The marriage ceremony is the most important part of planning a wedding, yet it’s often the area that couples have the most questions about. The legality and traditional aspects vary by state and also by the style of ceremony, so there isn’t always a clear path to follow. Here are five of the most commonly asked questions about wedding ceremony planning and advice for how to find the answer.
1. How long should my ceremony be?
Standard wedding ceremonies are usually between 20 and 30 minutes. However, the length depends on what style of ceremony you’re having, the length of the vows, and if you choose to incorporate any additional things such as a unity ceremony. A standard non-denominational or non-religious ceremony typically runs about 20 minutes. A Jewish ceremony can be anywhere between 25 and 45 minutes, and a traditional Catholic ceremony can last up to an hour. Be sure to discuss the length of time and any additional traditions you’d like to include with your wedding officiant.
2. Who should marry us?
Your wedding officiant is likely going to be based on the type of ceremony you’re having. For religious ceremonies, it’s typical for a religious leader of the faith to perform the ceremony. For non-religious ceremonies, the officiant needs to be licensed to perform weddings based on individual state laws. These officiants can vary from professional officiants who have been trained in wedding ceremonies, to family and friends who have gone through the process of becoming legally ordained. Be sure to check your individual state guidelines while making your officiant choice. It’s also a good idea to interview your officiant before finalizing your choice. Ask for examples of the ceremony they’ll be performing and communicate any ideals that are important to you and any that you do not wish to be included.
3. When do we get the marriage license?
It’s best to get the marriage license well before the wedding day to ensure you have it on time. Make an appointment or contact your local county clerk for your state guidelines for obtaining your marriage license. When getting the license, ask the clerk if there is an expiration date and how to mail the signed copy from the wedding back to the office. Conveniently, most offices now give couples a wedding packet with frequently asked questions and guidelines for the process.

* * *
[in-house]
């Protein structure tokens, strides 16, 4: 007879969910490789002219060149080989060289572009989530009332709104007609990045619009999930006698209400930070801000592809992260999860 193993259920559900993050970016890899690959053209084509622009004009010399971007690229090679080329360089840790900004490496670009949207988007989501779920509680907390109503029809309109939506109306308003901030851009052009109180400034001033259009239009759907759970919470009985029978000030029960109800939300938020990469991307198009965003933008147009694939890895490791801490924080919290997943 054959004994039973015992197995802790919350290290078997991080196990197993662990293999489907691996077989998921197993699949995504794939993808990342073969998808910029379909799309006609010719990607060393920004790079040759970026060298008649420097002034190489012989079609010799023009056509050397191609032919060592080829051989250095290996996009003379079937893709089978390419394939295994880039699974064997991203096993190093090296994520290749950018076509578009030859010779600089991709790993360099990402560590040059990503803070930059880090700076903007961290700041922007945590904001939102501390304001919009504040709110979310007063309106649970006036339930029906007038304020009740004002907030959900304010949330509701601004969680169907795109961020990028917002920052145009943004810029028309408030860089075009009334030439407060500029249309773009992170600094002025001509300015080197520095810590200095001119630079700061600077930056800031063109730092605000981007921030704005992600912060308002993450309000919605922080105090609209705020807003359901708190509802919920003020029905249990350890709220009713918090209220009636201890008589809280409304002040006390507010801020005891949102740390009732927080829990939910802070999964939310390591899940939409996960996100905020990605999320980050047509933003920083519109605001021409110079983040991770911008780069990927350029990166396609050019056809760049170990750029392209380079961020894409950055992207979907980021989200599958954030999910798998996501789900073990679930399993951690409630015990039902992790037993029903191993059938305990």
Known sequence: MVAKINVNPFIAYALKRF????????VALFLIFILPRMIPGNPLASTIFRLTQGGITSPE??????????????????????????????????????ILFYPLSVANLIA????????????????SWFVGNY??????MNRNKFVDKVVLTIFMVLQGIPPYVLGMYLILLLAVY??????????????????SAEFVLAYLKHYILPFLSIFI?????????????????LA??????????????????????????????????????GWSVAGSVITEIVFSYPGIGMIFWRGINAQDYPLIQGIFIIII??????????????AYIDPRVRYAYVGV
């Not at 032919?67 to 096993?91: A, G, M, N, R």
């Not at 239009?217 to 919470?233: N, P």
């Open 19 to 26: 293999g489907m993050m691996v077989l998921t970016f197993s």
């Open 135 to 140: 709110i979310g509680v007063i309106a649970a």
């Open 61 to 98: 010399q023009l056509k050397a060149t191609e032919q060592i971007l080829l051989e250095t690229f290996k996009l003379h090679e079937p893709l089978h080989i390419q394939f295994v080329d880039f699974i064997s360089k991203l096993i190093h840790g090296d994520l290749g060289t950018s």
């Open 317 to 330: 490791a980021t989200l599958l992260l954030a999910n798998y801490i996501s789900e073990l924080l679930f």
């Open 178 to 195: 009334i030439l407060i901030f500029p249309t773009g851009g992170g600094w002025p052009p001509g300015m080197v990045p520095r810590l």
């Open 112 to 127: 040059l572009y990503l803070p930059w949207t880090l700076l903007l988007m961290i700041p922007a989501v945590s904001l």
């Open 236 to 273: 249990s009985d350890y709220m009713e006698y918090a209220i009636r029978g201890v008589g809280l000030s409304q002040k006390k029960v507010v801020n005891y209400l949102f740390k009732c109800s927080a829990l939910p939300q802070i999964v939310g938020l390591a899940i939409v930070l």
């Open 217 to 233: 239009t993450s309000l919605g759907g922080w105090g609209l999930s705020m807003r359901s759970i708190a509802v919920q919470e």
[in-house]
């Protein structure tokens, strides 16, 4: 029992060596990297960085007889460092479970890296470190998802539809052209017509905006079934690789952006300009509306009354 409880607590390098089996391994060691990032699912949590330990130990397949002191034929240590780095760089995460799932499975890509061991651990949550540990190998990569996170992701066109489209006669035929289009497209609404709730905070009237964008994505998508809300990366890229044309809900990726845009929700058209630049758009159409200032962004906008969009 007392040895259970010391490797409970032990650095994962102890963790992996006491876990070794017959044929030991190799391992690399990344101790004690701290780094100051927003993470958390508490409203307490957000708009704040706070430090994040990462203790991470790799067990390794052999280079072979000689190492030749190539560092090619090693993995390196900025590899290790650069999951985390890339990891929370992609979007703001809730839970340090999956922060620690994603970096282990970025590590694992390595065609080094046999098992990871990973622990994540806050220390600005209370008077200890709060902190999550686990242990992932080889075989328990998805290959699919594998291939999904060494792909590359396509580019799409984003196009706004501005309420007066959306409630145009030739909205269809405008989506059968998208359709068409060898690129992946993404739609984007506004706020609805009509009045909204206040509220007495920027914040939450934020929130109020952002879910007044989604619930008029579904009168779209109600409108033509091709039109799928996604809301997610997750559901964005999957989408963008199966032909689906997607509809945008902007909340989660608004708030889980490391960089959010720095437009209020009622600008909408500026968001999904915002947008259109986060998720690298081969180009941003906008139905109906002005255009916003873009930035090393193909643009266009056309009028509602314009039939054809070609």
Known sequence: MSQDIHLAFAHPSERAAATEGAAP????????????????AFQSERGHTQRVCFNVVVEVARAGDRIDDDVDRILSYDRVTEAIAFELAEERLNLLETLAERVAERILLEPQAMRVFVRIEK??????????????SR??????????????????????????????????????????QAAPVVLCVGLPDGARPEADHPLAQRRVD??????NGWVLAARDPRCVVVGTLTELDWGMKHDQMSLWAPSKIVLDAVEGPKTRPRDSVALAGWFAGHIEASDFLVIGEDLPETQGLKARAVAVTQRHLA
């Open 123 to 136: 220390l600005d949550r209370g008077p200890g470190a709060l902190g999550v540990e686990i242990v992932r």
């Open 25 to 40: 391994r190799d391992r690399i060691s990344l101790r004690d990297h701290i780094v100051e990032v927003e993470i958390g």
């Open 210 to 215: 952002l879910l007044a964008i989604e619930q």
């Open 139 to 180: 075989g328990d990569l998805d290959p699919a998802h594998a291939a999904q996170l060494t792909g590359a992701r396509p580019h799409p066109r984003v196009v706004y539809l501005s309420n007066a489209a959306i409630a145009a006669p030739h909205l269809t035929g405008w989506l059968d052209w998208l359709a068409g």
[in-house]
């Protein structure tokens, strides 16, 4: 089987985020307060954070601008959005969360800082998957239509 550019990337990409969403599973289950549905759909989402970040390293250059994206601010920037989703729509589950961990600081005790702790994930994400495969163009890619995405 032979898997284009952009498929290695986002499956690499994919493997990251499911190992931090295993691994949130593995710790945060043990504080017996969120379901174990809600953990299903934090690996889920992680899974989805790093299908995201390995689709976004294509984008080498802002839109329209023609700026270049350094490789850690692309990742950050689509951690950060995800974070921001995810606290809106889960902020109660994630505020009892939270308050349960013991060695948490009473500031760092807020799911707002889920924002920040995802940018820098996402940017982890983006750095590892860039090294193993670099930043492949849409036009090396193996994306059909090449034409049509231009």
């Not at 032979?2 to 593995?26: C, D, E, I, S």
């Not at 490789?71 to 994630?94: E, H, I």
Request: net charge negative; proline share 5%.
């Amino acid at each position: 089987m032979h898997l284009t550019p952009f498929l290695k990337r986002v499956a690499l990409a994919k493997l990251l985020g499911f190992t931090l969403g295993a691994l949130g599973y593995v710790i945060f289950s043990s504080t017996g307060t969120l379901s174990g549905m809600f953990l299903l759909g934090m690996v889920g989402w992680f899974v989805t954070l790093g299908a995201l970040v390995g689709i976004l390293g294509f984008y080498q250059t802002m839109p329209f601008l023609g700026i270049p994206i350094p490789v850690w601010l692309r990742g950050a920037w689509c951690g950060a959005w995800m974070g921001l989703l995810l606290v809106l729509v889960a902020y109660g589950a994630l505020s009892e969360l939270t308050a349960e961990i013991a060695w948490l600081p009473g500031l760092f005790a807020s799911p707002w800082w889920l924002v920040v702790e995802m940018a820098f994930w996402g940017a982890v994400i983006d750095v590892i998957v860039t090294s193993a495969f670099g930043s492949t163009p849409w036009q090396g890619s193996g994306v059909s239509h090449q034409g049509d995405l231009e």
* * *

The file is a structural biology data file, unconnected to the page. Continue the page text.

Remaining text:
4. What is the best time to start?
Your ceremony can happen at any time of the day that you’d like! It can even be held on a completely separate day as your reception! When planning the timing for your ceremony, start by thinking about the venue and the time of day that you’d like to walk down the aisle. Next, think about where your reception will be in relation to your ceremony. Lastly, think about your dinner/meal plans. For example, a summer wedding that is outside could follow this process:
The ceremony is outside and it’s going to be warm. You might like to wait until the sun is past its height to achieve the “golden hour” for photos and so that guests (and yourself) don’t melt.
The ceremony is in a different location than the reception. You’ll need to factor in travel time for everyone to arrive at the reception on time.
Time the ceremony with food service in mind. Your ceremony may only be 30 minutes, but remember that photos are usually taken between the time of the ceremony and the reception. A typical dinner is served anywhere between 6:30pm and 7:30pm. If your ceremony is too early, you run the risk of guests leaving before dinner is even served. (No one wants to pay for meals that guests don’t eat!) If it’s too late, you may not have time for photos or to freshen up before the meal is served.
5. In what order should the bridal party walk down the aisle?
Once the guests are seated and the officiant takes their place, the pre-processional begins with the seating of any designated family members, such as the mothers of the bride and groom or grandparents. The processional consists of the bridal party who file in from the furthest away in line from the couple first, to the bride’s main entrance at the end. The groom can either escort one or both of the mothers down the aisle before taking his place next to the officiant, or he can take his place at the same time as the officiant. The ceremony order will likely be dependent on the style of the ceremony and who is in the bridal party. Here is a an example processional order to reference:
Seating of grandparents
Seating of mothers
Bridesmaid and groomsmen furthest away from bride and groom
Maid/matron of honor and best man
Flower girl and ring bearer
Bride and escort
Your wedding ceremony is entirely customizable by you and your fiancé. Discuss what items of tradition are important to you both and communicate them with your officiant. Lastly, be sure to look up your individual state laws before solidifying any of your plans.
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